The tutorial is delivered via a nearly two-hour screen capture video of Carrie transforming a photo of a baseball pitcher (her son, Andrew) into a finished digital painting. Viewing the seven segments is very much like standing behind her watching her do her thing while listening to her running commentary. This is an end-to-end, stroke-by-stroke demonstration with no skips along the way.

Although the tutorial is based on Photoshop CS and Painter IX, just about any versions of these programs would work. I used Photoshop 7.01 and Painter X under Windows/XP without any problems. Elements or Paint Shop Pro could easily substitute for Photoshop.

Carrie’s method starts in Photoshop for image preparation. Then the file is saved, closed and then opened in Painter. During in the next five segments she applies strokes with various brushes and settings to every square inch of the image until the painting is completed. No auto-painting, filters, plugins or Photoshop actions are used.

Throughout the Painter portions of the presentation the "Brush Selector Bar" is always in view, so at any given moment it's easy to see which brush and settings are in effect. In addition Carrie describes how to achieve various painterly effects such as enhancing colors, shadows and highlights.

In the final Photoshop segment she demonstrates how to achieve a more convincing "canvas look" than what's possible using the Texturizer effect that comes installed with Photoshop or Elements. Final touches are applied at this point to complete the artwork.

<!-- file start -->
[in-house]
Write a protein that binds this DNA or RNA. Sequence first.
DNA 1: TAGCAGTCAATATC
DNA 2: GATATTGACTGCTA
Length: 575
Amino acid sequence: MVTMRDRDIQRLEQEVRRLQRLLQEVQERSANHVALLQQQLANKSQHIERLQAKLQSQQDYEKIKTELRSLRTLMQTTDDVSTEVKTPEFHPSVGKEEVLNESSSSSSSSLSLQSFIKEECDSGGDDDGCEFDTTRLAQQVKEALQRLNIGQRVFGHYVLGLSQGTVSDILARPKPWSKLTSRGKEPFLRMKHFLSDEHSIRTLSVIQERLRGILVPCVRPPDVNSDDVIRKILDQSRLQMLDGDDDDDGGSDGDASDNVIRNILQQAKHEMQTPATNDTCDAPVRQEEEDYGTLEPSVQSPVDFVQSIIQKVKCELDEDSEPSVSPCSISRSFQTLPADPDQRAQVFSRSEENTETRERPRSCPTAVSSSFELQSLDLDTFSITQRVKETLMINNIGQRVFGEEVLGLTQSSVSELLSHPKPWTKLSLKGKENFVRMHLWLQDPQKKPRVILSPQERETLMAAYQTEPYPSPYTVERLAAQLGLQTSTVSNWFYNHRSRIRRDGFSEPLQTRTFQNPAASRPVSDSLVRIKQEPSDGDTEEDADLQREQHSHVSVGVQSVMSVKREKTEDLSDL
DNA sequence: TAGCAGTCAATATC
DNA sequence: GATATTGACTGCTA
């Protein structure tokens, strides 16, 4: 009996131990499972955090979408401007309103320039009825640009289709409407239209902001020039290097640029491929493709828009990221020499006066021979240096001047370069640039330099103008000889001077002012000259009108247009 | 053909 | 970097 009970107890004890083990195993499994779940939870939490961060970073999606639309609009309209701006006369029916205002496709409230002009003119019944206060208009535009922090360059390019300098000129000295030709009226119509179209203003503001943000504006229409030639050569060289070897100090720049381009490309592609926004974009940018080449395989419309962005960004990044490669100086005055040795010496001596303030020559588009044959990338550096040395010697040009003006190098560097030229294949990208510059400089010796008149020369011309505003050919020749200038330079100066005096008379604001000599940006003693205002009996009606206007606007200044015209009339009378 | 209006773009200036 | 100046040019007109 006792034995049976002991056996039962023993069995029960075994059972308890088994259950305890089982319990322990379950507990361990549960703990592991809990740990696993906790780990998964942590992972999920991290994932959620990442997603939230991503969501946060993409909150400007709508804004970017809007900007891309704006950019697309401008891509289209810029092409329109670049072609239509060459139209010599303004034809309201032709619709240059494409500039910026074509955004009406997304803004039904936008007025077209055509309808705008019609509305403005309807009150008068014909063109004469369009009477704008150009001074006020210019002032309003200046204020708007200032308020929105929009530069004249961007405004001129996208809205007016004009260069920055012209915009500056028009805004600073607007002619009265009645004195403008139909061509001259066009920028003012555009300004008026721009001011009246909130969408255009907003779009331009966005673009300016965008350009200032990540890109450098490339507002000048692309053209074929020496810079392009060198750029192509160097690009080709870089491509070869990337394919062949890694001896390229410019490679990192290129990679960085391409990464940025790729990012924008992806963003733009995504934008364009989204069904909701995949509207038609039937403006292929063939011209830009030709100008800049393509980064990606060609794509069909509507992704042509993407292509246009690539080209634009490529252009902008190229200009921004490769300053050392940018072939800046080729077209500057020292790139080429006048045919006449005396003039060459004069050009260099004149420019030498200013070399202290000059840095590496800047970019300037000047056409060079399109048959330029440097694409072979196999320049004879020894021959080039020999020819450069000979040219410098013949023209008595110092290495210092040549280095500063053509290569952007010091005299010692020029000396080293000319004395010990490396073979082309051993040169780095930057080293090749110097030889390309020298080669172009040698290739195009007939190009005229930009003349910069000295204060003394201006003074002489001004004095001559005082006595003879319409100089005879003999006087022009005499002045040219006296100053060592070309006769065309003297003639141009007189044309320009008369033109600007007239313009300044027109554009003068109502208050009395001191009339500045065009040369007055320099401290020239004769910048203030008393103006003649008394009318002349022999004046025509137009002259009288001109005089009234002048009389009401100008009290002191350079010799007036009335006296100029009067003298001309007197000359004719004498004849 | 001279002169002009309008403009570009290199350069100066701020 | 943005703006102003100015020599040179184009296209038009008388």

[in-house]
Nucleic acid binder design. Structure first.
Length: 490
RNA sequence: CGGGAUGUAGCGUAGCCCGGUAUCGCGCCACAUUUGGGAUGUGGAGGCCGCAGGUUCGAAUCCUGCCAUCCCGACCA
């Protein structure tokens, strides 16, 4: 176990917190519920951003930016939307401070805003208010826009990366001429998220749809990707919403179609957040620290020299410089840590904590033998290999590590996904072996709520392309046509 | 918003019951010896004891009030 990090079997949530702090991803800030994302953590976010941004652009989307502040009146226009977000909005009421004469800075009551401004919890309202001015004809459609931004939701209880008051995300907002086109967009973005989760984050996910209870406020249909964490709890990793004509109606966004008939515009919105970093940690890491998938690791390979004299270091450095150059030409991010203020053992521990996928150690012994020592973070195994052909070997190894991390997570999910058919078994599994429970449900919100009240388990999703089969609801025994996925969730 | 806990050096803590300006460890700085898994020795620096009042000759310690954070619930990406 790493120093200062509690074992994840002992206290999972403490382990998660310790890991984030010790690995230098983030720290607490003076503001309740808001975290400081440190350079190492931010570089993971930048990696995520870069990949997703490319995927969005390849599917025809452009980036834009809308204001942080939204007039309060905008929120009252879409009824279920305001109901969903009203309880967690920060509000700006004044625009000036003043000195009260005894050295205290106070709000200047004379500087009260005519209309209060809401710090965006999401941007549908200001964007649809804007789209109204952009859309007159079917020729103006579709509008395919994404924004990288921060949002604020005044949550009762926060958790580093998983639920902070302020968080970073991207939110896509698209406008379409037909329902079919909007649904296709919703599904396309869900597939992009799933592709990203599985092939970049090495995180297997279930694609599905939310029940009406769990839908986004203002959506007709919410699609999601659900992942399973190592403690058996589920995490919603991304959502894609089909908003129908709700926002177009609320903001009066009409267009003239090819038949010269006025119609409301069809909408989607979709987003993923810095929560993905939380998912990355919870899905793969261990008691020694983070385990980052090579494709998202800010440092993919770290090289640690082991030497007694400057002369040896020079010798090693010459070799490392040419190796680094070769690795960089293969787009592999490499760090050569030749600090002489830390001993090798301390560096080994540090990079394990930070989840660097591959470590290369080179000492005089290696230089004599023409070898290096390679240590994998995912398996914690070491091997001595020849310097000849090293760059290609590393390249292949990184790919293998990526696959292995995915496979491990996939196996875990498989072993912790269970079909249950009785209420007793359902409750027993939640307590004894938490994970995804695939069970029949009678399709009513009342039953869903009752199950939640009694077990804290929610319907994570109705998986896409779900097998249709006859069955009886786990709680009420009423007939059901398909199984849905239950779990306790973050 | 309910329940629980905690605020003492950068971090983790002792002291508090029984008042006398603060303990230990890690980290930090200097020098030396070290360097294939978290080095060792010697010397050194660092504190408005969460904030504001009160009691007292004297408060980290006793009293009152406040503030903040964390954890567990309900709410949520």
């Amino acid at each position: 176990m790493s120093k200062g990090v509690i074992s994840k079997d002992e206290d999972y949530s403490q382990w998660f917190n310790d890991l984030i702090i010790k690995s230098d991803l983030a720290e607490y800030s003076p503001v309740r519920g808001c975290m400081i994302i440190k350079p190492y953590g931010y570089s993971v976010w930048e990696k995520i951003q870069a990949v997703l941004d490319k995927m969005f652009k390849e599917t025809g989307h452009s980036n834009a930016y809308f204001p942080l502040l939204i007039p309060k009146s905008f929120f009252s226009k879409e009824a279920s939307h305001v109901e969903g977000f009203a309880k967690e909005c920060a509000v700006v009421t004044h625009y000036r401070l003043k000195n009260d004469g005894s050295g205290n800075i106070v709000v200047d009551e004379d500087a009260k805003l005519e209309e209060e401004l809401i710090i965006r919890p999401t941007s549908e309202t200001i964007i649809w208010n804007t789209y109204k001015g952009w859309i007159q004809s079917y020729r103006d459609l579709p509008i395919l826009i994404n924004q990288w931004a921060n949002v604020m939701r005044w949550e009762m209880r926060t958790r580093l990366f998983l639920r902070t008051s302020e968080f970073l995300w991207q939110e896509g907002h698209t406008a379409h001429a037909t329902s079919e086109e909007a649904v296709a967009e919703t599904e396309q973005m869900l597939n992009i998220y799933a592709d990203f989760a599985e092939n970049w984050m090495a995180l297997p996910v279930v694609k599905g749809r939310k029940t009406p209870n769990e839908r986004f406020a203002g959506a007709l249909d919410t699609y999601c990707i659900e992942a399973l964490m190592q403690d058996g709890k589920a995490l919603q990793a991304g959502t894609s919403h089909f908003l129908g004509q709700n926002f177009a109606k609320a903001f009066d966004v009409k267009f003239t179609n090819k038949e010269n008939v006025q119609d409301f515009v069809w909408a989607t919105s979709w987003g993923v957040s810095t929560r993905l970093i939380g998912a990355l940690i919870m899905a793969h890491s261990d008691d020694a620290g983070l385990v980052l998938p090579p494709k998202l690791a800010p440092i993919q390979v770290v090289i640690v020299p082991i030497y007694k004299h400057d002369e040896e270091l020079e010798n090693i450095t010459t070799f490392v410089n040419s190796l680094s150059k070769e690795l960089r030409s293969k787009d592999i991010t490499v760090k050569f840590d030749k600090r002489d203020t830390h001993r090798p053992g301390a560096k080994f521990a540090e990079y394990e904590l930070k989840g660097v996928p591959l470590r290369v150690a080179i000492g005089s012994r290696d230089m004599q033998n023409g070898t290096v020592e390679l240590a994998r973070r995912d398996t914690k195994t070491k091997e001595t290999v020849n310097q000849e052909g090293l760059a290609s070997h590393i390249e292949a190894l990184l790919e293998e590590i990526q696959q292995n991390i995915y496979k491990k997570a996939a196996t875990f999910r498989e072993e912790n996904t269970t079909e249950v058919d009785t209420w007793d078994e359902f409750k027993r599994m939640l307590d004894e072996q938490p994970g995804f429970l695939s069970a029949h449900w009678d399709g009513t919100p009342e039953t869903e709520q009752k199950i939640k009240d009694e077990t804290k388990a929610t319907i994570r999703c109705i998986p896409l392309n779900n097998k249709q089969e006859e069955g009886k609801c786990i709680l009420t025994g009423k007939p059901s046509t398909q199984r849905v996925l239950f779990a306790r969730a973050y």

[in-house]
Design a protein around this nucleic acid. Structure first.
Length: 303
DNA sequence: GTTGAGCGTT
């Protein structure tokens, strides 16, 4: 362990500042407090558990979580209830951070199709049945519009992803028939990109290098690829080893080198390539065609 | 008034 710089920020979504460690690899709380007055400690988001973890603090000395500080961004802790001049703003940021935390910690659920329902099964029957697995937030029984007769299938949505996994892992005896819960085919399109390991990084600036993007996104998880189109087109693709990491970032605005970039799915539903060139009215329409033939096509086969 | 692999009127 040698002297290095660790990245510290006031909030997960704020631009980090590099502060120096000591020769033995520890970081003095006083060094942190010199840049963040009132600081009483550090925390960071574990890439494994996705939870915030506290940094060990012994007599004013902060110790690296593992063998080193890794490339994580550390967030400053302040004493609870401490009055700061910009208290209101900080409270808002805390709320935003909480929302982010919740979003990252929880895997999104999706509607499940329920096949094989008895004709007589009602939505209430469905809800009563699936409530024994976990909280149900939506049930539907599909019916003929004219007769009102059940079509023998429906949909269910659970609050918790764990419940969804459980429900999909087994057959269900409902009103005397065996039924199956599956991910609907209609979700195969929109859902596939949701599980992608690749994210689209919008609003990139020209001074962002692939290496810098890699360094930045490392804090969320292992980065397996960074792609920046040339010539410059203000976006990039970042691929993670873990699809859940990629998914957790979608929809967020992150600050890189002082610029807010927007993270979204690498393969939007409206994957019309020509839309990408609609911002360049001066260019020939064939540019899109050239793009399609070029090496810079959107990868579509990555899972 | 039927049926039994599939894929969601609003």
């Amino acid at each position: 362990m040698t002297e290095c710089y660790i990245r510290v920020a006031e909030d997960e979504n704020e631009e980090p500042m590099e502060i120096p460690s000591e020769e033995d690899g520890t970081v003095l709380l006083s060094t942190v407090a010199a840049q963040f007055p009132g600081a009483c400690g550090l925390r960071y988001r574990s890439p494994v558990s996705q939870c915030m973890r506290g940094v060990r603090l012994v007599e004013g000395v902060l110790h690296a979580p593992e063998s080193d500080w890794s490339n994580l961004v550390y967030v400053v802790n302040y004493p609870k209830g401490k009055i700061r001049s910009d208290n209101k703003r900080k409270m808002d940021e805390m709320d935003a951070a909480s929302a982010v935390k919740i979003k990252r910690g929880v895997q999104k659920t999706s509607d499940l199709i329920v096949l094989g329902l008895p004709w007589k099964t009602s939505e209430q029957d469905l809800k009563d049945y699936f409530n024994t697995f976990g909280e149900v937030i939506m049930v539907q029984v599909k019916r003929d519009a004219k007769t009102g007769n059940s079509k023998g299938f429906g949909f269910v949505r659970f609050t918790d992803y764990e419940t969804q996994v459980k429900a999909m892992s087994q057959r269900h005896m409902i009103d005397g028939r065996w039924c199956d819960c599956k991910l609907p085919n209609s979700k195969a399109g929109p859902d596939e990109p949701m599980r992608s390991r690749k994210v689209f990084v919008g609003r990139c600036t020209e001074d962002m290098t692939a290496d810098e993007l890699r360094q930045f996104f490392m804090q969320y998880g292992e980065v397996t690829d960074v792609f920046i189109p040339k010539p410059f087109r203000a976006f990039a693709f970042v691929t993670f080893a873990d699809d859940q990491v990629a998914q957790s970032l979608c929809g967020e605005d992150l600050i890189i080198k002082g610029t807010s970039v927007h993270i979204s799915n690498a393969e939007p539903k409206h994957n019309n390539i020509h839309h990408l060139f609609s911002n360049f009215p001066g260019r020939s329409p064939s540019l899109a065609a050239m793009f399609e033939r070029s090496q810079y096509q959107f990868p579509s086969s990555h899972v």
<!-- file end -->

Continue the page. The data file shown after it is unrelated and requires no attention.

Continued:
Before trying out Carrie’s method for the first time I watched the video twice, taking notes here and there. Then, I selected an image and got going. See

· Written instructions via books or the Internet were the source of my learning for many years, but videos for this type of training are now my preferred medium. For those who have yet to experience video training for an image editing or painting program, let me assure you there's a world of difference in terms of grasping techniques quickly between reading steps in a tutorial and watching an expert apply them.
· As my first painting developed I replayed some segments to refresh my memory on a particular technique or just to watch Carrie "do her magic."
· From a video production perspective this is pretty much a meat and potatoes offering. No time is wasted on fluffy introductions or wrap-up commentary, there are no glitzy fade-in/fade-out transition effects between segments, no commercials or catchy music. The entire DVD is devoted to training. Period. The instruction starts within two seconds of clicking Play, so pay attention.